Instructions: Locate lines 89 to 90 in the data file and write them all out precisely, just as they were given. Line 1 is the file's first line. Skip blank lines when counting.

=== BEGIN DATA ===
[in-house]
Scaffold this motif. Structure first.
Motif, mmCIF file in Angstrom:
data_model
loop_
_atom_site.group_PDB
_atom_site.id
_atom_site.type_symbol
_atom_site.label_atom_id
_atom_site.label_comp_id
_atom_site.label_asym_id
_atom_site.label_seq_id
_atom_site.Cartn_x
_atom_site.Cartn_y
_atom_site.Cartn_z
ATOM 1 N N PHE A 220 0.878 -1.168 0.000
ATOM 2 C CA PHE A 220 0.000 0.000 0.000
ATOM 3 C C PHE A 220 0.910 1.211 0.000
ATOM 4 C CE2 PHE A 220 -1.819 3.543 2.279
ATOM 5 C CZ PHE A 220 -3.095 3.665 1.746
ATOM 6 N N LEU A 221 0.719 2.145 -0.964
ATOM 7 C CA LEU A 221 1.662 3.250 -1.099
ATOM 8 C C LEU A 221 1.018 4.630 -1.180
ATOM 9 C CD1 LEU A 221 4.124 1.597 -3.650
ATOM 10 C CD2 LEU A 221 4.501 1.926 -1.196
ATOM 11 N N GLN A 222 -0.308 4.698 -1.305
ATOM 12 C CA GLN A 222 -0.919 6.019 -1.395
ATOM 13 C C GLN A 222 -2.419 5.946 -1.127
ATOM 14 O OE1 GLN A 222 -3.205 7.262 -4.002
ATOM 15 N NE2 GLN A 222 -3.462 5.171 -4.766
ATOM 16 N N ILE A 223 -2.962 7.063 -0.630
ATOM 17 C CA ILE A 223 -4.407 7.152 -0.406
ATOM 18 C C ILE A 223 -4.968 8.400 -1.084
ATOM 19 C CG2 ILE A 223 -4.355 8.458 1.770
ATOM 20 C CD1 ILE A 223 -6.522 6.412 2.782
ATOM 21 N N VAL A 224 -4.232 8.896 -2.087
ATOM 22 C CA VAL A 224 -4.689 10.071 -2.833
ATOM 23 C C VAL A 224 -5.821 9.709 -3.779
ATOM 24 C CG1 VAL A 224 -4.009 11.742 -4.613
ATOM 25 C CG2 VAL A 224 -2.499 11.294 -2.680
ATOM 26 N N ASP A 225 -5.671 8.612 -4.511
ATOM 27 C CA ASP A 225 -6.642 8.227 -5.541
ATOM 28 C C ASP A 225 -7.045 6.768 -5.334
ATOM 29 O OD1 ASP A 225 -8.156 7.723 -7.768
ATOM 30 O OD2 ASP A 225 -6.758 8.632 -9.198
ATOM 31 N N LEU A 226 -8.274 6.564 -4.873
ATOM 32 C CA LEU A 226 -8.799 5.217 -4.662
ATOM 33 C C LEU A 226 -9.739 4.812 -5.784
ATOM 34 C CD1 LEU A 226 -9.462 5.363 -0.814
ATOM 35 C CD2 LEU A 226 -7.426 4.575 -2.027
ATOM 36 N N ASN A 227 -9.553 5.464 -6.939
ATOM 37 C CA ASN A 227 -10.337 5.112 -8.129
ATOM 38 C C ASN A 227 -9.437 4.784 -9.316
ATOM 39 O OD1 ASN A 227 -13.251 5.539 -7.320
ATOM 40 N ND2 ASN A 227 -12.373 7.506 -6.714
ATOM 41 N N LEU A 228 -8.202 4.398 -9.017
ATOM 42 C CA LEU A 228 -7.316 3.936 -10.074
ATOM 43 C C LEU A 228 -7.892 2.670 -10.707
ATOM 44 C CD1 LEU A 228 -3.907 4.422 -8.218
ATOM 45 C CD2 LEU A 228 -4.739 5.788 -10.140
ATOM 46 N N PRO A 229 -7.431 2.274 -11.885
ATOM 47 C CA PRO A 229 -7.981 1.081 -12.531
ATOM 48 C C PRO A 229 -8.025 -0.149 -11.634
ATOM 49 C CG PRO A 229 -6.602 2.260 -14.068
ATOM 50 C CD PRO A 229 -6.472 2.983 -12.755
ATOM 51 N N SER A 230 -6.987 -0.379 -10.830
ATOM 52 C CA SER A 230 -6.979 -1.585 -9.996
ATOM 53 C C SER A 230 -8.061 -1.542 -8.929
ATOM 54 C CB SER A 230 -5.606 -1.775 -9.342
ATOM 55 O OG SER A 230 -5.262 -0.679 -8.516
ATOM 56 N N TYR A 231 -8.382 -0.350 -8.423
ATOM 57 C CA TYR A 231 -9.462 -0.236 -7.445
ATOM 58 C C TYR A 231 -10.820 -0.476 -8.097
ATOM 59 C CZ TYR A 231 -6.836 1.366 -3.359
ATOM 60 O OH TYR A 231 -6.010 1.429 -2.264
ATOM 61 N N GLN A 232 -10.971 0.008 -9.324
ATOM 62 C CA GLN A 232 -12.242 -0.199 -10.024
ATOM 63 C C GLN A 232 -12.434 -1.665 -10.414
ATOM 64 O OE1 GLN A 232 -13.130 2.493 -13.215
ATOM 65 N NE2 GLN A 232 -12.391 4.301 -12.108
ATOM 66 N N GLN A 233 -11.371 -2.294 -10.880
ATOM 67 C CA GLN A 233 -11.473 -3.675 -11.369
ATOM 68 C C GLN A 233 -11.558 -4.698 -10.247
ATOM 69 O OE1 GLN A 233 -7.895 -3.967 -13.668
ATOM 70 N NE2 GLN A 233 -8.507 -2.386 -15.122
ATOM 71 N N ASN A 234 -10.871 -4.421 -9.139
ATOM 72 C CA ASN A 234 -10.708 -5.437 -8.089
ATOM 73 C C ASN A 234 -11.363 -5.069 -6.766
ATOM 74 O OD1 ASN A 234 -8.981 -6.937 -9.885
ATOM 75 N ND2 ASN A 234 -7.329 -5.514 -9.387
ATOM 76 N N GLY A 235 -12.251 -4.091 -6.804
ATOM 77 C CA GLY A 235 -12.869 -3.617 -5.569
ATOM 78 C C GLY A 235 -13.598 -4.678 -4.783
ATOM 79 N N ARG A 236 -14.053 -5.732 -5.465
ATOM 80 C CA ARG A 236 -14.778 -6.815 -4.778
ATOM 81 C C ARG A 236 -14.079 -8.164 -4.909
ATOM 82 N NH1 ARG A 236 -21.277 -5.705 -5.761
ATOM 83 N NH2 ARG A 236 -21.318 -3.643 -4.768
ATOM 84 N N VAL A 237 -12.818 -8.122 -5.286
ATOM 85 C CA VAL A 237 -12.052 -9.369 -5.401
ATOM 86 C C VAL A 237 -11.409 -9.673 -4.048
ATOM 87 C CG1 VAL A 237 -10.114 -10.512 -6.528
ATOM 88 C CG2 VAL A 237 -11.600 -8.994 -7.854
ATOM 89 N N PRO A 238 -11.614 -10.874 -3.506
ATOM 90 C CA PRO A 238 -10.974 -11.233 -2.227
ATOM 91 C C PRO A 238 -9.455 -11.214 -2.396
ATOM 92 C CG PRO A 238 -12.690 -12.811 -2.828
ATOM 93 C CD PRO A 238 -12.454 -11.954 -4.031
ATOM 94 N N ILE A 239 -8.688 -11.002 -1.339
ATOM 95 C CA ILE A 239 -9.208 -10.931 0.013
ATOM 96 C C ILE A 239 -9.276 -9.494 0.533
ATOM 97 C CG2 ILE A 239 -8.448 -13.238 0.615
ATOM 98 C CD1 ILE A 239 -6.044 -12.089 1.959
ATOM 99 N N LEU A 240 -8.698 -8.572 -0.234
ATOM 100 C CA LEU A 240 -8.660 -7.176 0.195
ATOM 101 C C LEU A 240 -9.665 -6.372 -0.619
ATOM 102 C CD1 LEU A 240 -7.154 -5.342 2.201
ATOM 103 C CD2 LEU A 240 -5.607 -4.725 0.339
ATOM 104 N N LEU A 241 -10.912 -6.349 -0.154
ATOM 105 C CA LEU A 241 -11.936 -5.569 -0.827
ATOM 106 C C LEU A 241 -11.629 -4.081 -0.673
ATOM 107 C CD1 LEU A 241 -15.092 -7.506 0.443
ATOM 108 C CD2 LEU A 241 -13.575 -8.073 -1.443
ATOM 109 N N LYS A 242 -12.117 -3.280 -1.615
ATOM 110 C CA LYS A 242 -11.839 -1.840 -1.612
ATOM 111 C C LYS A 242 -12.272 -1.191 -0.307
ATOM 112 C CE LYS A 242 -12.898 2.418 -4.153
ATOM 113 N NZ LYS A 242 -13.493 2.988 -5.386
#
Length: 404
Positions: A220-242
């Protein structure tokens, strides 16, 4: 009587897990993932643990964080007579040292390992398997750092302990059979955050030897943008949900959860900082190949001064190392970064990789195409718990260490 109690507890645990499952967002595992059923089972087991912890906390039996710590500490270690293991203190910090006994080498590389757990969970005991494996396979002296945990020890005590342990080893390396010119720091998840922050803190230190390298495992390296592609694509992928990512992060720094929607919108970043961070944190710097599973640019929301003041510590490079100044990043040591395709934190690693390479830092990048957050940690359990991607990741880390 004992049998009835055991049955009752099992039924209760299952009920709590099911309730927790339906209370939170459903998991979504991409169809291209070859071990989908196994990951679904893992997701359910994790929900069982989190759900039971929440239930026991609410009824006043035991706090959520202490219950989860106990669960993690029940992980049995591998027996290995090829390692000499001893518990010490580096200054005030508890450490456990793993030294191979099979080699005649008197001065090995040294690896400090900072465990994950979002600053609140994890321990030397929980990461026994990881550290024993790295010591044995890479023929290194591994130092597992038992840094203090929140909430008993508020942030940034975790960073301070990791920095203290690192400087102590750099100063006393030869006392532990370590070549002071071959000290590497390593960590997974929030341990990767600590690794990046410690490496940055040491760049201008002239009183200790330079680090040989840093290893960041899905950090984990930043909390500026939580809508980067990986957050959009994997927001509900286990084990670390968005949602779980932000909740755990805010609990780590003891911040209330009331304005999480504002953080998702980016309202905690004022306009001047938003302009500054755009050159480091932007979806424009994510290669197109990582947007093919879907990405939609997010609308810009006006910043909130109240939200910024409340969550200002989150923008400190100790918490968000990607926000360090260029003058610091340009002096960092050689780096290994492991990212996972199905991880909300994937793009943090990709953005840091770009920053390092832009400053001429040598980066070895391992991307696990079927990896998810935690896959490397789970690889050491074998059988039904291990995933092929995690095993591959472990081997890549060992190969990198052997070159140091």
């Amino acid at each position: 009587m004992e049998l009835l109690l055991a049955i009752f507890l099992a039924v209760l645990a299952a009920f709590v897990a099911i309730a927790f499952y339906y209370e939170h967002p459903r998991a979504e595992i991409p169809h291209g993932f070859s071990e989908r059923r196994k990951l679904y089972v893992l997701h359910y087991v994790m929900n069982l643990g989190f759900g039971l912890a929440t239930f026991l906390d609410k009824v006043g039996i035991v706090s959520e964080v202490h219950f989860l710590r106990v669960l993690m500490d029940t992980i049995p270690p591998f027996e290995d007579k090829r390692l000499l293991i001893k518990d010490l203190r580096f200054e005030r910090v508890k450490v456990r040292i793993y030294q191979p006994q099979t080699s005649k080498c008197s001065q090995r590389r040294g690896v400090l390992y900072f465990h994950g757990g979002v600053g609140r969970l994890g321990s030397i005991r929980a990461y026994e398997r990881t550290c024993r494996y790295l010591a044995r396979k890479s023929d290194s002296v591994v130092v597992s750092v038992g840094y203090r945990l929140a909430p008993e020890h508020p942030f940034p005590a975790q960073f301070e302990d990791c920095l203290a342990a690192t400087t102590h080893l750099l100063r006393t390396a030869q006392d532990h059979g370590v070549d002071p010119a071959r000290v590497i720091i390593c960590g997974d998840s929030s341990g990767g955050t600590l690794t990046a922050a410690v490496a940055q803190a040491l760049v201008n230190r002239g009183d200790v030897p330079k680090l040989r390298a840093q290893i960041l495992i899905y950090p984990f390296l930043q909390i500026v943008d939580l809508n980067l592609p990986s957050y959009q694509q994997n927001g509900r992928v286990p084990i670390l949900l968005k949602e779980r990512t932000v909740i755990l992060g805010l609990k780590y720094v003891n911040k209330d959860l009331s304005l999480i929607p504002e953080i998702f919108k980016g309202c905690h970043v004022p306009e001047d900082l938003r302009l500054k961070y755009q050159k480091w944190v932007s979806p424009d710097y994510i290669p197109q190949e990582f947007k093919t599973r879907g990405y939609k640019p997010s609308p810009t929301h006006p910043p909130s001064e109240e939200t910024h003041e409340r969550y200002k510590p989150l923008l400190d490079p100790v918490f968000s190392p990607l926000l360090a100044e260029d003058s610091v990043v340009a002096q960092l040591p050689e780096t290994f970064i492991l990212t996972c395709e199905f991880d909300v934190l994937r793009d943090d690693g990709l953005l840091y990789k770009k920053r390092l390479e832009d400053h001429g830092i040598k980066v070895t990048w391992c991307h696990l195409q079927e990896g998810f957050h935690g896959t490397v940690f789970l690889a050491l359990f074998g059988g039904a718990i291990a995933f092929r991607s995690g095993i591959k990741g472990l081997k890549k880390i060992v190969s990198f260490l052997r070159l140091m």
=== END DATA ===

ATOM 74 O OD1 ASN A 234 -8.981 -6.937 -9.885
ATOM 75 N ND2 ASN A 234 -7.329 -5.514 -9.387